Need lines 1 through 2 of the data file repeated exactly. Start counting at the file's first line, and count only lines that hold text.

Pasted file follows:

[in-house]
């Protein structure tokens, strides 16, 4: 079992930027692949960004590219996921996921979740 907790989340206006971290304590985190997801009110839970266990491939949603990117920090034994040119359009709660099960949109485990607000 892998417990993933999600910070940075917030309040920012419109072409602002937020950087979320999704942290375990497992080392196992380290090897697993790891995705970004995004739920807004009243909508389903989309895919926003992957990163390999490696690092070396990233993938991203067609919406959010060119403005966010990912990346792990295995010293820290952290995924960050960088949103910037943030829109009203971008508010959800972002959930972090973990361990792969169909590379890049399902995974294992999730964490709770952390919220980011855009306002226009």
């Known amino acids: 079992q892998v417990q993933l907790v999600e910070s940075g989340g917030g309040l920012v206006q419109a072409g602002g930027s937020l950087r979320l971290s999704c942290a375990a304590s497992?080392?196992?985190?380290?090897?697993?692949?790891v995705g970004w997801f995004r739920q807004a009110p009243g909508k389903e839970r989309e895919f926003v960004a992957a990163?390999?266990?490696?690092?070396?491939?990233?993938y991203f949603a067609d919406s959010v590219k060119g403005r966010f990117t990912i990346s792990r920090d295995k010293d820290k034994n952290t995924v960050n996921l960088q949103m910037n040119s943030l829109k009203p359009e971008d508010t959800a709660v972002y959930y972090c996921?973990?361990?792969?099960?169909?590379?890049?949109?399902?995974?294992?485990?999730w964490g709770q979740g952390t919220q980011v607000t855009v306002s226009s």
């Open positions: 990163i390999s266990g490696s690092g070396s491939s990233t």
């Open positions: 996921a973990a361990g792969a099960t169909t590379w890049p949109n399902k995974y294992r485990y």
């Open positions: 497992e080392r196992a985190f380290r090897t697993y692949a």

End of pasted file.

[in-house]
């Protein structure tokens, strides 16, 4: 079992930027692949960004590219996921996921979740 907790989340206006971290304590985190997801009110839970266990491939949603990117920090034994040119359009709660099960949109485990607000 892998417990993933999600910070940075917030309040920012419109072409602002937020950087979320999704942290375990497992080392196992380290090897697993790891995705970004995004739920807004009243909508389903989309895919926003992957990163390999490696690092070396990233993938991203067609919406959010060119403005966010990912990346792990295995010293820290952290995924960050960088949103910037943030829109009203971008508010959800972002959930972090973990361990792969169909590379890049399902995974294992999730964490709770952390919220980011855009306002226009």